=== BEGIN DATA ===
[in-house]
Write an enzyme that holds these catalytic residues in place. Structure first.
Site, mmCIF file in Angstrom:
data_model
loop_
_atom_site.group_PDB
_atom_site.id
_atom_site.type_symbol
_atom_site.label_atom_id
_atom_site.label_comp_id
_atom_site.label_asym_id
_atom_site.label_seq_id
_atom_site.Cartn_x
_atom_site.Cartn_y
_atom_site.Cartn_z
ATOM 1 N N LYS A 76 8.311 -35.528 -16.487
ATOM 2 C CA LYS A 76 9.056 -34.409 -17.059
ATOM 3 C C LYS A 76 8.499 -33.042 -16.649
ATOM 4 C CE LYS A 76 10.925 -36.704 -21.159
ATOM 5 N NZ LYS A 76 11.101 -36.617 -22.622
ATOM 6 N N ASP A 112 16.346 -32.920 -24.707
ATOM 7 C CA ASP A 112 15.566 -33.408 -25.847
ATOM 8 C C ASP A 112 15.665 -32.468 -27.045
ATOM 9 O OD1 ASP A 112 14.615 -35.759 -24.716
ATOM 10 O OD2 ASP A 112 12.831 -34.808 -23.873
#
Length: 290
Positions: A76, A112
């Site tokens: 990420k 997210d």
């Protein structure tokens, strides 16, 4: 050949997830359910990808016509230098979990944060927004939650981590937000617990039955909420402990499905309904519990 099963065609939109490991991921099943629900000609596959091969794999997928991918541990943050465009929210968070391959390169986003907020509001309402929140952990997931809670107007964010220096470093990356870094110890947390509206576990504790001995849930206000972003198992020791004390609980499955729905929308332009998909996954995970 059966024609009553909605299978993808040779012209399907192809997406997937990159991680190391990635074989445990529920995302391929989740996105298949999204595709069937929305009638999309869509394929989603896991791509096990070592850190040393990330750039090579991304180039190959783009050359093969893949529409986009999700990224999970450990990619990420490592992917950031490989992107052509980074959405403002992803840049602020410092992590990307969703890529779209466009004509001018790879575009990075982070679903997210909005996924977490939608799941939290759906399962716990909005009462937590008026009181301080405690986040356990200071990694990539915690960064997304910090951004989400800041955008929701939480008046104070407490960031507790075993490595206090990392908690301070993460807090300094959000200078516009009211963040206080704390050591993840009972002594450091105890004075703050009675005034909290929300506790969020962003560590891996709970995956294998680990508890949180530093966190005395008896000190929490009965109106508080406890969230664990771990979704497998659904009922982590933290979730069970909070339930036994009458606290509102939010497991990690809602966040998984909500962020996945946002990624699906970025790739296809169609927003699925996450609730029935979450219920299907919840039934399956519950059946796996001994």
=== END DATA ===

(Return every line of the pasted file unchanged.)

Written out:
[in-house]
Write an enzyme that holds these catalytic residues in place. Structure first.
Site, mmCIF file in Angstrom:
data_model
loop_
_atom_site.group_PDB
_atom_site.id
_atom_site.type_symbol
_atom_site.label_atom_id
_atom_site.label_comp_id
_atom_site.label_asym_id
_atom_site.label_seq_id
_atom_site.Cartn_x
_atom_site.Cartn_y
_atom_site.Cartn_z
ATOM 1 N N LYS A 76 8.311 -35.528 -16.487
ATOM 2 C CA LYS A 76 9.056 -34.409 -17.059
ATOM 3 C C LYS A 76 8.499 -33.042 -16.649
ATOM 4 C CE LYS A 76 10.925 -36.704 -21.159
ATOM 5 N NZ LYS A 76 11.101 -36.617 -22.622
ATOM 6 N N ASP A 112 16.346 -32.920 -24.707
ATOM 7 C CA ASP A 112 15.566 -33.408 -25.847
ATOM 8 C C ASP A 112 15.665 -32.468 -27.045
ATOM 9 O OD1 ASP A 112 14.615 -35.759 -24.716
ATOM 10 O OD2 ASP A 112 12.831 -34.808 -23.873
#
Length: 290
Positions: A76, A112
């Site tokens: 990420k 997210d």
């Protein structure tokens, strides 16, 4: 050949997830359910990808016509230098979990944060927004939650981590937000617990039955909420402990499905309904519990 099963065609939109490991991921099943629900000609596959091969794999997928991918541990943050465009929210968070391959390169986003907020509001309402929140952990997931809670107007964010220096470093990356870094110890947390509206576990504790001995849930206000972003198992020791004390609980499955729905929308332009998909996954995970 059966024609009553909605299978993808040779012209399907192809997406997937990159991680190391990635074989445990529920995302391929989740996105298949999204595709069937929305009638999309869509394929989603896991791509096990070592850190040393990330750039090579991304180039190959783009050359093969893949529409986009999700990224999970450990990619990420490592992917950031490989992107052509980074959405403002992803840049602020410092992590990307969703890529779209466009004509001018790879575009990075982070679903997210909005996924977490939608799941939290759906399962716990909005009462937590008026009181301080405690986040356990200071990694990539915690960064997304910090951004989400800041955008929701939480008046104070407490960031507790075993490595206090990392908690301070993460807090300094959000200078516009009211963040206080704390050591993840009972002594450091105890004075703050009675005034909290929300506790969020962003560590891996709970995956294998680990508890949180530093966190005395008896000190929490009965109106508080406890969230664990771990979704497998659904009922982590933290979730069970909070339930036994009458606290509102939010497991990690809602966040998984909500962020996945946002990624699906970025790739296809169609927003699925996450609730029935979450219920299907919840039934399956519950059946796996001994």